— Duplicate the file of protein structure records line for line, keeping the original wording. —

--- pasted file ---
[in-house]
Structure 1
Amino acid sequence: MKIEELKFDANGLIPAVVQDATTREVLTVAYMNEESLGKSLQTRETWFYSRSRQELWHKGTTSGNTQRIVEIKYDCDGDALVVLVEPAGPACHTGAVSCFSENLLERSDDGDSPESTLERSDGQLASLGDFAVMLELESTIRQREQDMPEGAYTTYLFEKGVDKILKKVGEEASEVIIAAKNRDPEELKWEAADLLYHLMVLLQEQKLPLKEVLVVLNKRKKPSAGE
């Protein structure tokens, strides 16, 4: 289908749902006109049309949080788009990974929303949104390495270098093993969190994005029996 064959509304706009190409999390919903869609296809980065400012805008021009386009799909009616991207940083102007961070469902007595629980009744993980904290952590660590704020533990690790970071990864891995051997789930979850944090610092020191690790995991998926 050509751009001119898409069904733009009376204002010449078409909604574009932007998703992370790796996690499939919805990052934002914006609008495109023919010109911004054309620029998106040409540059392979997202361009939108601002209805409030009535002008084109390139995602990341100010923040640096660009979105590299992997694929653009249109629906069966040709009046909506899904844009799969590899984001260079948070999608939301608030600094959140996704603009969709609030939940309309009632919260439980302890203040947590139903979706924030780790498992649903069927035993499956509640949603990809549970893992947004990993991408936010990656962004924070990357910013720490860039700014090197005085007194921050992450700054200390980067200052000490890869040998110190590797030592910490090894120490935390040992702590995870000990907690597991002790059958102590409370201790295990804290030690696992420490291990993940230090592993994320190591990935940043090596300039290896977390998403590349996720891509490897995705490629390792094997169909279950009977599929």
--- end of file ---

[in-house]
Structure 1
Amino acid sequence: MKIEELKFDANGLIPAVVQDATTREVLTVAYMNEESLGKSLQTRETWFYSRSRQELWHKGTTSGNTQRIVEIKYDCDGDALVVLVEPAGPACHTGAVSCFSENLLERSDDGDSPESTLERSDGQLASLGDFAVMLELESTIRQREQDMPEGAYTTYLFEKGVDKILKKVGEEASEVIIAAKNRDPEELKWEAADLLYHLMVLLQEQKLPLKEVLVVLNKRKKPSAGE
């Protein structure tokens, strides 16, 4: 289908749902006109049309949080788009990974929303949104390495270098093993969190994005029996 064959509304706009190409999390919903869609296809980065400012805008021009386009799909009616991207940083102007961070469902007595629980009744993980904290952590660590704020533990690790970071990864891995051997789930979850944090610092020191690790995991998926 050509751009001119898409069904733009009376204002010449078409909604574009932007998703992370790796996690499939919805990052934002914006609008495109023919010109911004054309620029998106040409540059392979997202361009939108601002209805409030009535002008084109390139995602990341100010923040640096660009979105590299992997694929653009249109629906069966040709009046909506899904844009799969590899984001260079948070999608939301608030600094959140996704603009969709609030939940309309009632919260439980302890203040947590139903979706924030780790498992649903069927035993499956509640949603990809549970893992947004990993991408936010990656962004924070990357910013720490860039700014090197005085007194921050992450700054200390980067200052000490890869040998110190590797030592910490090894120490935390040992702590995870000990907690597991002790059958102590409370201790295990804290030690696992420490291990993940230090592993994320190591990935940043090596300039290896977390998403590349996720891509490897995705490629390792094997169909279950009977599929």